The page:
The films scheduled for the first day of the festival encompass titles from international and regional competition, Masters of Dox, Musical Globe, Happy Dox, Biography Dox, ADU Dox and the new section In Focus: New Europe.
The film Over the Limit, which opened the festival yesterday, will rerun at 6pm, and its director Marta Prus will join the audience for an extended Q&A after the screening. Before that, the short film Girls and Honey by Belgian director Pieter-Jan De Pue, about the horrors of war in complex situations in Ukraine, is scheduled.
A talk with director Arijana Lekić-Fridrih is scheduled after the screening and a world premiere of her film Begin Again at 6pm. The director focuses on a politician, a former prime minister Jadranka Kosor and her struggle to persuade the voters during three weeks of campaign to vote for her so that she may be re-elected MP, although this time she does not have a strong infrastructure provided by her former political party. The film is part of the section In Focus: New Europe, which also includes Home by Zdenko Jurilj, which won a jury special mention at Sarajevo Film Festival, a story about the people evicted from their homes and the (im)possibility to respond in a situation like this.
In international competition, extended Q&As will take place with two Syrian filmmakers after the screenings of their films: Ziad Kalthoum with Taste of Cement, about Syrian refugees living and working on a building site (at 9pm), and Talal Derki with Of Fathers and Sons, scheduled for 7pm, which won the best documentary at Sundance Film Festival.
A Q&A session with the author of When the War Comes, which premiered at this year’s Berlinale is scheduled after the screening at 8pm. The film focuses on a paramilitary group in Slovakia which, with the government’s silent approval, recruits hundreds of teenagers. The film is part of the regional programme, which also includes the appearance of the award-winning Serbian director Boris Mitić with his film In Praise of Nothing. The screening is scheduled for 7pm and this satirical documentary parable was filmed by dozens of DoPs in 70 countries, with original score composed by Pascal Comelade and Tiger Lillies, and the voice of Nothing, speaking in verse, was dubbed by Iggy Pop.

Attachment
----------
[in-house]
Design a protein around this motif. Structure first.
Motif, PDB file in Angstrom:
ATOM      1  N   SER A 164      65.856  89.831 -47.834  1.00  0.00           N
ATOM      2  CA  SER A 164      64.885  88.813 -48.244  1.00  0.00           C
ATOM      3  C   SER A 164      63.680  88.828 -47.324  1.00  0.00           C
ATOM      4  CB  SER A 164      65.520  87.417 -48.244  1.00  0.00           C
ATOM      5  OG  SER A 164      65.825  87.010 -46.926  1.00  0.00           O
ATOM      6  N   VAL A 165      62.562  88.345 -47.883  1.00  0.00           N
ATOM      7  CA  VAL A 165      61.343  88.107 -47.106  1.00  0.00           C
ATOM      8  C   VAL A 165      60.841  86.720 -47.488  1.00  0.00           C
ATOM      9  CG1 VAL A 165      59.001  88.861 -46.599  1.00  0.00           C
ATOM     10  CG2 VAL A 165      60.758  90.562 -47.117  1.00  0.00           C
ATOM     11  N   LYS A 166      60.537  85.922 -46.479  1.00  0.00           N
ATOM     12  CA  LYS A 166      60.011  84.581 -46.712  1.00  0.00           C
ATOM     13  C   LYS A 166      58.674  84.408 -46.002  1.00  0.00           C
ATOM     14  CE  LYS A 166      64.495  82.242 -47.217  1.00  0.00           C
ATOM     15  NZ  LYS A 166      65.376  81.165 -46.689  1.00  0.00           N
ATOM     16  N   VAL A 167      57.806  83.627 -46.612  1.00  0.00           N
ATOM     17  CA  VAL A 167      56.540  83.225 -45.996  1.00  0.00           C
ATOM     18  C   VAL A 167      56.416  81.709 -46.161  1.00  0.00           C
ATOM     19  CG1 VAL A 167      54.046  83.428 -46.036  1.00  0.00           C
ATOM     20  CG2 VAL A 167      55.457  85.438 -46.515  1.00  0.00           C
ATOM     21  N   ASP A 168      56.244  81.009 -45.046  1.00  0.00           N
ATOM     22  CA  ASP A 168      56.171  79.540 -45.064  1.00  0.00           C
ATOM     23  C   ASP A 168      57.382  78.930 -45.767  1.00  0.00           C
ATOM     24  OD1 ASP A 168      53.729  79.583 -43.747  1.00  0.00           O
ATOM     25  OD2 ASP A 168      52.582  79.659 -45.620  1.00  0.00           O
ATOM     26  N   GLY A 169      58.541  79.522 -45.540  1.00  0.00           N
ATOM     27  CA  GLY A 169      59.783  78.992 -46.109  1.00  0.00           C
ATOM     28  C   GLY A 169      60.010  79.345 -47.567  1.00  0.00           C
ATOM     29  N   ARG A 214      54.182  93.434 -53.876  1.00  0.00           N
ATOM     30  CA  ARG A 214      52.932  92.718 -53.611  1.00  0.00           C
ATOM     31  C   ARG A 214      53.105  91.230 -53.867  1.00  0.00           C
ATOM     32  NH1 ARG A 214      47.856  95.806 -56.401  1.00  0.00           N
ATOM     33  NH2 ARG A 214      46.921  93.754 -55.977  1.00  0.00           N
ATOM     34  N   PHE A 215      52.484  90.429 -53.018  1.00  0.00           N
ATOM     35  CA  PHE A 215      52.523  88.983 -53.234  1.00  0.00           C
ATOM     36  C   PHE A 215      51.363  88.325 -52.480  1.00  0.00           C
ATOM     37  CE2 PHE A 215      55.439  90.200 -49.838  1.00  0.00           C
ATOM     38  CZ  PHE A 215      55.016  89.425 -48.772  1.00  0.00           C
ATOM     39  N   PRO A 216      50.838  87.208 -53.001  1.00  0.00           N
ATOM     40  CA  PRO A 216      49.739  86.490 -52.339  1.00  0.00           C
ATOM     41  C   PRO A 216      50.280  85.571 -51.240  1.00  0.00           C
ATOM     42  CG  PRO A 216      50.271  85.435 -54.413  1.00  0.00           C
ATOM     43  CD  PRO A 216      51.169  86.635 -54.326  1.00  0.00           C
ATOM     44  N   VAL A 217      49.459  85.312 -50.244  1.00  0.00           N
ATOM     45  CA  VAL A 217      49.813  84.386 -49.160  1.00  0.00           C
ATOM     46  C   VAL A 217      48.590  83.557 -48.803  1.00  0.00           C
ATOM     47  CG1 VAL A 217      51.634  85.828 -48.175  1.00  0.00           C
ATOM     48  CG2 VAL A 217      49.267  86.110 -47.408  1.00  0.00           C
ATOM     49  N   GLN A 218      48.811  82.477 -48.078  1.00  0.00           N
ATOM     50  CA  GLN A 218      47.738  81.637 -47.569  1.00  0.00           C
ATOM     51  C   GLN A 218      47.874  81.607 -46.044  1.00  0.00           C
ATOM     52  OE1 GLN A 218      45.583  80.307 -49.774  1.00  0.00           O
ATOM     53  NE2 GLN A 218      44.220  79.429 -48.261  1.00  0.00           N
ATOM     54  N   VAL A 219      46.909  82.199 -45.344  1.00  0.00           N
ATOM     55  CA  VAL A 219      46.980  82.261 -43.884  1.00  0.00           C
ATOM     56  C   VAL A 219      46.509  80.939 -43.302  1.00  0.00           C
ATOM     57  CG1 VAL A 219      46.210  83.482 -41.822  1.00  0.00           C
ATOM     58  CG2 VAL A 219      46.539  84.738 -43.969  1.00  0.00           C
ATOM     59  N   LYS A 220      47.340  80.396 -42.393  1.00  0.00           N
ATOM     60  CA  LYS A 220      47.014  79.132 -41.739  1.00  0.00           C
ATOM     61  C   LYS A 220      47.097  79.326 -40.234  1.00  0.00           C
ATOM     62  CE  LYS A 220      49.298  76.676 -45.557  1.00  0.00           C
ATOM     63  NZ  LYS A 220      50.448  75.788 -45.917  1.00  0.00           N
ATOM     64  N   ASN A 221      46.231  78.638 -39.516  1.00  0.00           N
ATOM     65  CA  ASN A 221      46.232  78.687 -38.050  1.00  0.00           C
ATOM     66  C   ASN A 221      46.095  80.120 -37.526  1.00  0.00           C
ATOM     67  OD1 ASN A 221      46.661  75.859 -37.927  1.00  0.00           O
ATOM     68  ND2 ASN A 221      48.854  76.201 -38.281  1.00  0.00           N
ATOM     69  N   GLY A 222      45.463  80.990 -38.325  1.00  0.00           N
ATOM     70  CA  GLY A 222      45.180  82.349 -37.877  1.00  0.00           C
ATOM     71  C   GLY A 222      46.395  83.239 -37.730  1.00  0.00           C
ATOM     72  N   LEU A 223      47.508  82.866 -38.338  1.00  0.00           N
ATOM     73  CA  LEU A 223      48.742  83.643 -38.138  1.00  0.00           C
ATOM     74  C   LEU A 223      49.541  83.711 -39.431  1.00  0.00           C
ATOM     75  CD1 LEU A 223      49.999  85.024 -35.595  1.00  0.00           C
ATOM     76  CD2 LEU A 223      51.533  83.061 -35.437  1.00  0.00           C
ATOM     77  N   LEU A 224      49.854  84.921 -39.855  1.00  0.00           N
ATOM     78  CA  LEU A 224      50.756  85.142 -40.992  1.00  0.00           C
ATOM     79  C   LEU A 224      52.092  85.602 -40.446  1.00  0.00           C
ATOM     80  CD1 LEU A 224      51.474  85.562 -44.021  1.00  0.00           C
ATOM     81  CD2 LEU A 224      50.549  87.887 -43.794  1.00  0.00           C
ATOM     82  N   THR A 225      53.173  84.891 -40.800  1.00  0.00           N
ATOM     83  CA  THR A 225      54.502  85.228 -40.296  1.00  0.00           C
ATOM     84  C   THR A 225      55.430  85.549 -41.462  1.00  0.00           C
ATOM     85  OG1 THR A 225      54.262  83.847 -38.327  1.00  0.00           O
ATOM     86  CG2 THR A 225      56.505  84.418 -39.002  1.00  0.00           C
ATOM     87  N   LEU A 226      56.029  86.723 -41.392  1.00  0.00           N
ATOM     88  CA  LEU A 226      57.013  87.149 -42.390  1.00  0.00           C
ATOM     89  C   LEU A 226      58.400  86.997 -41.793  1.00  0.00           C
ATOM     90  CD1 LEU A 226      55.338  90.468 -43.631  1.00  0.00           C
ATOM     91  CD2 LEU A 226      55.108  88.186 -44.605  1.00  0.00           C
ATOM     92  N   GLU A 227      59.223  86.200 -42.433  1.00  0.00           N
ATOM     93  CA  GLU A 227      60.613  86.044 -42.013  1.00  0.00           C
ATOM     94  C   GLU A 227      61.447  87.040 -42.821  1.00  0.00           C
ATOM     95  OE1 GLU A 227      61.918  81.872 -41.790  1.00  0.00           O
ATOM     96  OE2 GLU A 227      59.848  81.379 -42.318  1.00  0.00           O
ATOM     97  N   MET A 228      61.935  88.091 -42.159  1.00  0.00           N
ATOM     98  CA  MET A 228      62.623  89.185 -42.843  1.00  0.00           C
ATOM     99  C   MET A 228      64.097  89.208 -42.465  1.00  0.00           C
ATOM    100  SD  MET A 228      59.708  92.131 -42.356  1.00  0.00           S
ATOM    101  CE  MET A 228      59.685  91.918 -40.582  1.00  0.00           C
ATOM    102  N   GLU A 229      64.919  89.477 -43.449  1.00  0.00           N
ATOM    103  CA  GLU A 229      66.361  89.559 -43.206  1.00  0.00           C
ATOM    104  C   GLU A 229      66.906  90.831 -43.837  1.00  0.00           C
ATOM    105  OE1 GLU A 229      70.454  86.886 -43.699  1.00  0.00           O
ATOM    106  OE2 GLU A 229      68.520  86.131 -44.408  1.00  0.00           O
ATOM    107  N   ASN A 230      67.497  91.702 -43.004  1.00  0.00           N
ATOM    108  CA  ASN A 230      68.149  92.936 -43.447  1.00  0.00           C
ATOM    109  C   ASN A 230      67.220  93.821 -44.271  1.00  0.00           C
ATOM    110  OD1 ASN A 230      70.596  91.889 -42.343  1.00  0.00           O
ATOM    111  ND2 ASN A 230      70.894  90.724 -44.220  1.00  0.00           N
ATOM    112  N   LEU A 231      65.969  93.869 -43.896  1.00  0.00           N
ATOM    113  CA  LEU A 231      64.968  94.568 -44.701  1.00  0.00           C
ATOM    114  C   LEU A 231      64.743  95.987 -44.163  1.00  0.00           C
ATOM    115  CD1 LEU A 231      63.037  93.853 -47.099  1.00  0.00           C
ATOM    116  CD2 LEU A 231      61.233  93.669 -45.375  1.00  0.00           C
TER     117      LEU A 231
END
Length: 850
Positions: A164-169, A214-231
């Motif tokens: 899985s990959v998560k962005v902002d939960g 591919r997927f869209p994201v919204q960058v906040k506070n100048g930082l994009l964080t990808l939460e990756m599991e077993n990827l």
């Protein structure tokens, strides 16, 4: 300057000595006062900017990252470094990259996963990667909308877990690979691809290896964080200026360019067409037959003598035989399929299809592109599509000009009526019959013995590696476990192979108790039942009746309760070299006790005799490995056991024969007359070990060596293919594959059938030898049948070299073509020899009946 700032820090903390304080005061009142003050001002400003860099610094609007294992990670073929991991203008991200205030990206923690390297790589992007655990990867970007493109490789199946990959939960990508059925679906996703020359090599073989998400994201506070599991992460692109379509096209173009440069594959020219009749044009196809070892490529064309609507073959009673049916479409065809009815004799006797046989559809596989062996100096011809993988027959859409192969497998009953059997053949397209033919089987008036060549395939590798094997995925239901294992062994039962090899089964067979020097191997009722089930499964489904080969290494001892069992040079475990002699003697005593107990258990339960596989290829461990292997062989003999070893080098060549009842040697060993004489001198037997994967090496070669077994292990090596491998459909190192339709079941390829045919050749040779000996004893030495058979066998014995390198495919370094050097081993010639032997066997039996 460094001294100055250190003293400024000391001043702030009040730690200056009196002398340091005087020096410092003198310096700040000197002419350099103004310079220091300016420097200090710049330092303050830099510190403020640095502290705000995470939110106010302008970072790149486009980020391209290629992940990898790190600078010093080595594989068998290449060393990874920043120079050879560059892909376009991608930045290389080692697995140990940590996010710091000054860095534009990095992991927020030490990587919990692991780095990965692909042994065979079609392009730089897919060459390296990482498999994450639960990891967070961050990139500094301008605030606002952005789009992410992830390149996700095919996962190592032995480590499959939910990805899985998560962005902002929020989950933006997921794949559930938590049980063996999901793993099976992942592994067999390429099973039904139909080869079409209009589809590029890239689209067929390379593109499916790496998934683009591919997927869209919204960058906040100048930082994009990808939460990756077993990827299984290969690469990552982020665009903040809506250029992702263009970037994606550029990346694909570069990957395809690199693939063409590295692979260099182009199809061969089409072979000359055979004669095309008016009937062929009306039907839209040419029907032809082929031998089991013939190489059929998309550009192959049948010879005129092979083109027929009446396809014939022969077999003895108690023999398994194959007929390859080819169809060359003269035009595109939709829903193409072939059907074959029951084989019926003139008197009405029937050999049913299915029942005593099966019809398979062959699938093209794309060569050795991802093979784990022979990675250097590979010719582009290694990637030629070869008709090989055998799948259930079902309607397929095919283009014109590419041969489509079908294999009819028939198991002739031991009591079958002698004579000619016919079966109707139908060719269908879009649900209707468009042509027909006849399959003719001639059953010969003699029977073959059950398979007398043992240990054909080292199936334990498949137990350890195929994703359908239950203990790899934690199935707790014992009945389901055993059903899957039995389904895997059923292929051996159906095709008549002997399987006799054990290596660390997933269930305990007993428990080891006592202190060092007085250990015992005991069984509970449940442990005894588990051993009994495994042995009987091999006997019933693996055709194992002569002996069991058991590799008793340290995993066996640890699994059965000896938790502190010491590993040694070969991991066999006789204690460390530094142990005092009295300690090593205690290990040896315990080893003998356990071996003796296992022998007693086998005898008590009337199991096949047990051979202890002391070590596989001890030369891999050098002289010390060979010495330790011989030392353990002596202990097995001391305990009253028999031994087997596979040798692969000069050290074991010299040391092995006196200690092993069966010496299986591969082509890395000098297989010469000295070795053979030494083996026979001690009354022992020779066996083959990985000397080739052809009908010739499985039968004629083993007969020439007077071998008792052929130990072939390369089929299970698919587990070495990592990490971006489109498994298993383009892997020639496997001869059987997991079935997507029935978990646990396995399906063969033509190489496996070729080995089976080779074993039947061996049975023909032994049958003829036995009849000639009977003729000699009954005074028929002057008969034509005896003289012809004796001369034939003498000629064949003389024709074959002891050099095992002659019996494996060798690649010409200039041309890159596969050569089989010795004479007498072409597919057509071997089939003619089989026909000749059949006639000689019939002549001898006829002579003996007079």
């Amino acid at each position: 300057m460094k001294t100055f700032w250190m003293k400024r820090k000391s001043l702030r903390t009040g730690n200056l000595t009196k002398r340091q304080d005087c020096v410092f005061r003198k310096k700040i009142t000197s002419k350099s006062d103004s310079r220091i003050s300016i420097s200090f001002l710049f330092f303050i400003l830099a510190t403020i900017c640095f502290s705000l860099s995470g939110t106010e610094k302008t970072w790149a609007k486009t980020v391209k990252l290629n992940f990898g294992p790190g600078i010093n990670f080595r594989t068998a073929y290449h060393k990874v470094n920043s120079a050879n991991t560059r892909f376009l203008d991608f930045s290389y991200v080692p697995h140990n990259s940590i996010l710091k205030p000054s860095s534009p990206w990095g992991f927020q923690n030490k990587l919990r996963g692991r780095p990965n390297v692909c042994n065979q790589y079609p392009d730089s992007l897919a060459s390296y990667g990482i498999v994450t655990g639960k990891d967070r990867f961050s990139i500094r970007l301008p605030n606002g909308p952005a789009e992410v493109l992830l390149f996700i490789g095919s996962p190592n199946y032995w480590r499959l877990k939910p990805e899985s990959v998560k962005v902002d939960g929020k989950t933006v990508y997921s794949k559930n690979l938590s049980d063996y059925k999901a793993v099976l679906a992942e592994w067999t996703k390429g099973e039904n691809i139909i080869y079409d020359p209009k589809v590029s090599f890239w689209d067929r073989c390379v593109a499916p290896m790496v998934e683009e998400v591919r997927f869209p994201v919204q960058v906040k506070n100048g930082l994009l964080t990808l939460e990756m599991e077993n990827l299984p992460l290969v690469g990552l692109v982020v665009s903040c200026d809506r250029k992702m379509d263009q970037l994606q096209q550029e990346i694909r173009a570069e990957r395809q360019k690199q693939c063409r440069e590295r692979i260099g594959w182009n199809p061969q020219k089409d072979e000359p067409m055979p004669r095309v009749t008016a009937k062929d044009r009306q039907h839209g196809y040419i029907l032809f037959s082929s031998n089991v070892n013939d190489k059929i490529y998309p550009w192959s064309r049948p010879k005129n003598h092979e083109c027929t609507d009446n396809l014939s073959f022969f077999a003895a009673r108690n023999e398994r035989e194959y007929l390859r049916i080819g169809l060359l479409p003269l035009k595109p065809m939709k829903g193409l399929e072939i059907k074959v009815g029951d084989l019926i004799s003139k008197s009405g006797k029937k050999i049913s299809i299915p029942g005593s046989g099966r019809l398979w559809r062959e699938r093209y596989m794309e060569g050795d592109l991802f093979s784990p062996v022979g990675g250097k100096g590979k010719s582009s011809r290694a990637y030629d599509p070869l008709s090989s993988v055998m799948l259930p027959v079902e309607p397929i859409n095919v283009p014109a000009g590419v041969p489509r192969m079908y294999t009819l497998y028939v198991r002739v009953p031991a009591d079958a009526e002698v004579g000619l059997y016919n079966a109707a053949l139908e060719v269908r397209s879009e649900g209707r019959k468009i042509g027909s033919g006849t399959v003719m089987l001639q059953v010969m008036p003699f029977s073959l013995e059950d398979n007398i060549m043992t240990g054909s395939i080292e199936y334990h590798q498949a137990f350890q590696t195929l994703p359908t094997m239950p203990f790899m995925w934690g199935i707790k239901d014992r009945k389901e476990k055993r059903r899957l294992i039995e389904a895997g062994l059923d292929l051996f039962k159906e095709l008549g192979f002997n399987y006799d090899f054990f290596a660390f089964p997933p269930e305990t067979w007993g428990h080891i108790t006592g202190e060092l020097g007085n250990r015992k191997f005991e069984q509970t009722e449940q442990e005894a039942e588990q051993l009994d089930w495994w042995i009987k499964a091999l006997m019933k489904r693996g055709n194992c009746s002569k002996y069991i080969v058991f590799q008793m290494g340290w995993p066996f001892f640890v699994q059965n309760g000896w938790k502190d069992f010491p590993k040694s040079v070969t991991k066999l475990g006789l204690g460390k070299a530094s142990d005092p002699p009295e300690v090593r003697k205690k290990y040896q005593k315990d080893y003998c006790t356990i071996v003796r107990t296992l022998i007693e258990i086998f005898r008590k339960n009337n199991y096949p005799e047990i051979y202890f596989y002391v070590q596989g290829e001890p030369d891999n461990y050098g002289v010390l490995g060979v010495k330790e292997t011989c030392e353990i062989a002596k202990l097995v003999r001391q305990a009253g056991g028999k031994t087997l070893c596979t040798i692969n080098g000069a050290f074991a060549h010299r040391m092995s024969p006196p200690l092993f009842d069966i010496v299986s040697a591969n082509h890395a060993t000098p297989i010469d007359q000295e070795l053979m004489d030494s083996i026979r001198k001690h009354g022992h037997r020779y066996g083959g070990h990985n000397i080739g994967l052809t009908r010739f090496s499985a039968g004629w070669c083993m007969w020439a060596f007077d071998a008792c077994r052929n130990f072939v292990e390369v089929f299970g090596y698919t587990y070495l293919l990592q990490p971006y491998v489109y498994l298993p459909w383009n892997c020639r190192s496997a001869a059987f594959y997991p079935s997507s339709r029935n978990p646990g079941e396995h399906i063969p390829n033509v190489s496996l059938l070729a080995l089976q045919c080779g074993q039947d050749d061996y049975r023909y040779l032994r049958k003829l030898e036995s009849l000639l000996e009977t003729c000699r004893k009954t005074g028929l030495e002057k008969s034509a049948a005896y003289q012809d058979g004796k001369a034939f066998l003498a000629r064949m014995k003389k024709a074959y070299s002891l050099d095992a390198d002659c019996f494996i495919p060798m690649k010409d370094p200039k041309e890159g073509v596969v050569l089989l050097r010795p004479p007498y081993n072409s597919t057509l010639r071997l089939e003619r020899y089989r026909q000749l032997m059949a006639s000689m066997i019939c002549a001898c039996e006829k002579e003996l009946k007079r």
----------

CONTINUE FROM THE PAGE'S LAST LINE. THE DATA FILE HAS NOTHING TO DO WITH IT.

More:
The ZagrebDox Pro training programme at 5.15pm features a case study by Polish director Anna Zamecka, who will introduce the audience to her working process as a director, producer and one of the editors of her debut film Communion, and she will also reflect on the ethical responsibility of turning other people’s lives into images.
Andres Veiel’s Beuys open the Biography Dox section – a story about one of the most significant conceptual artists of the past century, an activist and a provocateur whose work is perceived as visionary and way ahead of its time even now, 30 years after his death. The film Whitney: Can I Be Me?, unmasking the intimacy and shedding a new light on the life, art and emotional relationships of Whitney Houston, by Austrian director Rudi Dolezal and the renowned British documentary filmmaker Nick Broomfield, whose work the ZagrebDox audience had a chance to see many times, opens the Musical Globe section.
Happy Dox and Teen Dox titles are scheduled for 5pm. The Prince of Nothingwood by Soni Kronlund follows Salim Shaheen, an impassioned filmmaker, the most popular Afghan actor, director and producer (he has made over 110 films), who relentlessly keeps making B-movies in a country at war for over 30 years. Making Good Men by Fiona Apanui-Kupenga about the consequences of bullying and Children Online by Katarina Hager about the internet, its appeal and the immense danger experienced by three protagonists – representatives of a generation which started using a computer before they learned how to ride a bicycle or tie their shoes, are the first films in the Teen Dox section.
Evening slots are reserved for international competition screenings: at 8pm The Distant Barking of Dogsby Danish director Simon Lereng Wilmont, about a ten-year-old named Oleg living in constant war led on the east of Ukraine, and at 10pm the short film The Jungle Knows You Better than You Do by Columbian director Juanita Onzaga, followed by The Eternals by Belgian author Pierre-Yves Vandeweerd about roaming ghosts, the people who have survived the conflict between Armenia and Azerbaijan in Nagorno-Karabakh.
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